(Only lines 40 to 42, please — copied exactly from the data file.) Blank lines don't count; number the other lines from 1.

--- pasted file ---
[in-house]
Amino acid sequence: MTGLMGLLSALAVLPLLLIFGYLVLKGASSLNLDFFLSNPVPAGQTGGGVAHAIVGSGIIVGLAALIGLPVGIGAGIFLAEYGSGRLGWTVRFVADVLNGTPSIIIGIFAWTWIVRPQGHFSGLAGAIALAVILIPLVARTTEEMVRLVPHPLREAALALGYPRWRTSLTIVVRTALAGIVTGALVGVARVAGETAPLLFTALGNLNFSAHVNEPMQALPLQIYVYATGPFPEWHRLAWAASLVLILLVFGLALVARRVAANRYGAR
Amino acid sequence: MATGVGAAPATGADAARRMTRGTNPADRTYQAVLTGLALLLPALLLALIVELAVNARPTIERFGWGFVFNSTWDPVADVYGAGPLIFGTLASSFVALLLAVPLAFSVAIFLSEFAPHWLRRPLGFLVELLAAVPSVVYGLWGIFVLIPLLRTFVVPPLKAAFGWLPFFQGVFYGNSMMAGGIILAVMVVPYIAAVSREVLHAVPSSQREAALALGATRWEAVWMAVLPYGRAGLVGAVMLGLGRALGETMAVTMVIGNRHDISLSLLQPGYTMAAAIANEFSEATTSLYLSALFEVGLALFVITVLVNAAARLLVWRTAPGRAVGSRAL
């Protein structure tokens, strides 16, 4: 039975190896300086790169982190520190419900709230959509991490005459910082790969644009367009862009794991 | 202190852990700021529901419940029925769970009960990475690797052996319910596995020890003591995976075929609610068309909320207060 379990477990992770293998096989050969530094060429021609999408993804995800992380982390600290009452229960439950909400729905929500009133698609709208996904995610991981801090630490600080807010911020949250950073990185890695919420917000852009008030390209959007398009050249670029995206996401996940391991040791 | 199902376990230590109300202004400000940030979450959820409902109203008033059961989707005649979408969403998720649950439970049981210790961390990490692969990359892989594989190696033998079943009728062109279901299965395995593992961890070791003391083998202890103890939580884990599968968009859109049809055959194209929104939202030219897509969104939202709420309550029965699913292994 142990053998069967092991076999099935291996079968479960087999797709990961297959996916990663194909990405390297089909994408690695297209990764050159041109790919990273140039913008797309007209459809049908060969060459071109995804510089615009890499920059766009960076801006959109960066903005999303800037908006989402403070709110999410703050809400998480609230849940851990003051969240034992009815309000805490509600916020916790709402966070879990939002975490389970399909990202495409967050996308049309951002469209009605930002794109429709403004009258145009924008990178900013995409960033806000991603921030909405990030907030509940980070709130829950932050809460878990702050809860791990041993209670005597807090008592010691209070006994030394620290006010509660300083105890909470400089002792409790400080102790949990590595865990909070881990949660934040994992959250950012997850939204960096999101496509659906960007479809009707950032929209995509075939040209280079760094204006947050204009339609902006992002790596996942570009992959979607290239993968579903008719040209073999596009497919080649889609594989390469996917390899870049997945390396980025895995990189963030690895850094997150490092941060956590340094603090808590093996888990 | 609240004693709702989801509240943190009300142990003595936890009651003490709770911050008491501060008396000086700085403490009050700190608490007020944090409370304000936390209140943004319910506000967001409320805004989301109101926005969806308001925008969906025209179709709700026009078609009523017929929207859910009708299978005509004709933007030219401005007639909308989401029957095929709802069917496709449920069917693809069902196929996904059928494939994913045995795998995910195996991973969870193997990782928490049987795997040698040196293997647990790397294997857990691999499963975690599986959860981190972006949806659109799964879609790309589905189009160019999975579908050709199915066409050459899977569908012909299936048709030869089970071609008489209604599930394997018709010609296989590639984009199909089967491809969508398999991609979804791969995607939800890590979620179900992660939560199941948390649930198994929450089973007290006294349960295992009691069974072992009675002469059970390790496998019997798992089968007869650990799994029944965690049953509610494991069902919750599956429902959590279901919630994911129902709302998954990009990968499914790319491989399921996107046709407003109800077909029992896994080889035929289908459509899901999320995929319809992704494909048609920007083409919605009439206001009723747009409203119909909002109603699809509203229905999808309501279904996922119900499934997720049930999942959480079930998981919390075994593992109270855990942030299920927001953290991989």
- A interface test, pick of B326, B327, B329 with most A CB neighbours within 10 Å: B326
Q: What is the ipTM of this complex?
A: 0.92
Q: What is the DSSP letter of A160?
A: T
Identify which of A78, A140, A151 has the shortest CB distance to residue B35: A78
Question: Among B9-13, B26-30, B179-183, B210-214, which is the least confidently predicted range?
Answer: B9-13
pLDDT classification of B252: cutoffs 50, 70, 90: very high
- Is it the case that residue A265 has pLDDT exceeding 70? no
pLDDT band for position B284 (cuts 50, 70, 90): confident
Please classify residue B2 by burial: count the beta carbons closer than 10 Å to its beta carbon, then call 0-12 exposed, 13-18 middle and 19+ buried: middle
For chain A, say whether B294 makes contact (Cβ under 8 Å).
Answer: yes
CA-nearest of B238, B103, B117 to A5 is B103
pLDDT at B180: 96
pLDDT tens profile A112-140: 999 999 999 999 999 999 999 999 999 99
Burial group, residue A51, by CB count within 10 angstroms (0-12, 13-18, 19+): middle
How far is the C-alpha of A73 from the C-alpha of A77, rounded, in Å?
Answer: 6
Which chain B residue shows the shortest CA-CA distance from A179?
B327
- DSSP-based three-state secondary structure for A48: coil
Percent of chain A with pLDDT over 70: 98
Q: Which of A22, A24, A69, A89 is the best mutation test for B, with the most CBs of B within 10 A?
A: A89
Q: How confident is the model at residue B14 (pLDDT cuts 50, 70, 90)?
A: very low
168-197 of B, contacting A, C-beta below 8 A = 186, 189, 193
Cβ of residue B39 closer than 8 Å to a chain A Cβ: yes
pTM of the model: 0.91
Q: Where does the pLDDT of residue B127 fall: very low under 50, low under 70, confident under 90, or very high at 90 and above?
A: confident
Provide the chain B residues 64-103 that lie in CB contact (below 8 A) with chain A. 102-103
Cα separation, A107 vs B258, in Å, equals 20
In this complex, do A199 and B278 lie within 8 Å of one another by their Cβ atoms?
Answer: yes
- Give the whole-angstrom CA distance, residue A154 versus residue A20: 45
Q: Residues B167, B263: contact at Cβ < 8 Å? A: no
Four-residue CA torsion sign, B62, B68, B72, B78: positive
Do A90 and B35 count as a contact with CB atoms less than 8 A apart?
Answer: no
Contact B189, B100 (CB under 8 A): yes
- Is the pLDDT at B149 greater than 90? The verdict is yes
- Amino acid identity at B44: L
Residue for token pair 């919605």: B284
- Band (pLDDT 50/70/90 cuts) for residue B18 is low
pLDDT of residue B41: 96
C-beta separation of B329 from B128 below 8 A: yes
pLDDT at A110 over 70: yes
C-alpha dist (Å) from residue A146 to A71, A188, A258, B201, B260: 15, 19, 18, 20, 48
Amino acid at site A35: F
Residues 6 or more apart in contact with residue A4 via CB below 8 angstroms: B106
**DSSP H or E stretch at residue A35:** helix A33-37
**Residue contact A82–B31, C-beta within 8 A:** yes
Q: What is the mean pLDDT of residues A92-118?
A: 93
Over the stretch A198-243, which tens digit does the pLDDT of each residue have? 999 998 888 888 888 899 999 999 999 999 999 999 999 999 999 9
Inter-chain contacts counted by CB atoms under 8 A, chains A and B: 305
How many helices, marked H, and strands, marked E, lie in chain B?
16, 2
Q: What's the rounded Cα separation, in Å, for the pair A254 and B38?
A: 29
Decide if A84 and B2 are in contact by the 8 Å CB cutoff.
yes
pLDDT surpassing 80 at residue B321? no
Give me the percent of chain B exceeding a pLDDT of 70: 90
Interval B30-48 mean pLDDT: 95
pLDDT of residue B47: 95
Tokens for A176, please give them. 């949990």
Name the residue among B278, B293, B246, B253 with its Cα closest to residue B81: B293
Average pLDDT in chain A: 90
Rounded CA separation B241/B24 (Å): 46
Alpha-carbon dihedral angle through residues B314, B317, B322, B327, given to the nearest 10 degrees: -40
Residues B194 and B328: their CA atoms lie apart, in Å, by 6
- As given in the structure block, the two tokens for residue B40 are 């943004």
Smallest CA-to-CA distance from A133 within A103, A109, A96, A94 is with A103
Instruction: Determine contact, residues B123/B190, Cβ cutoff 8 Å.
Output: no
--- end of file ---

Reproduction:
In this complex, do A199 and B278 lie within 8 Å of one another by their Cβ atoms?
Answer: yes
- Give the whole-angstrom CA distance, residue A154 versus residue A20: 45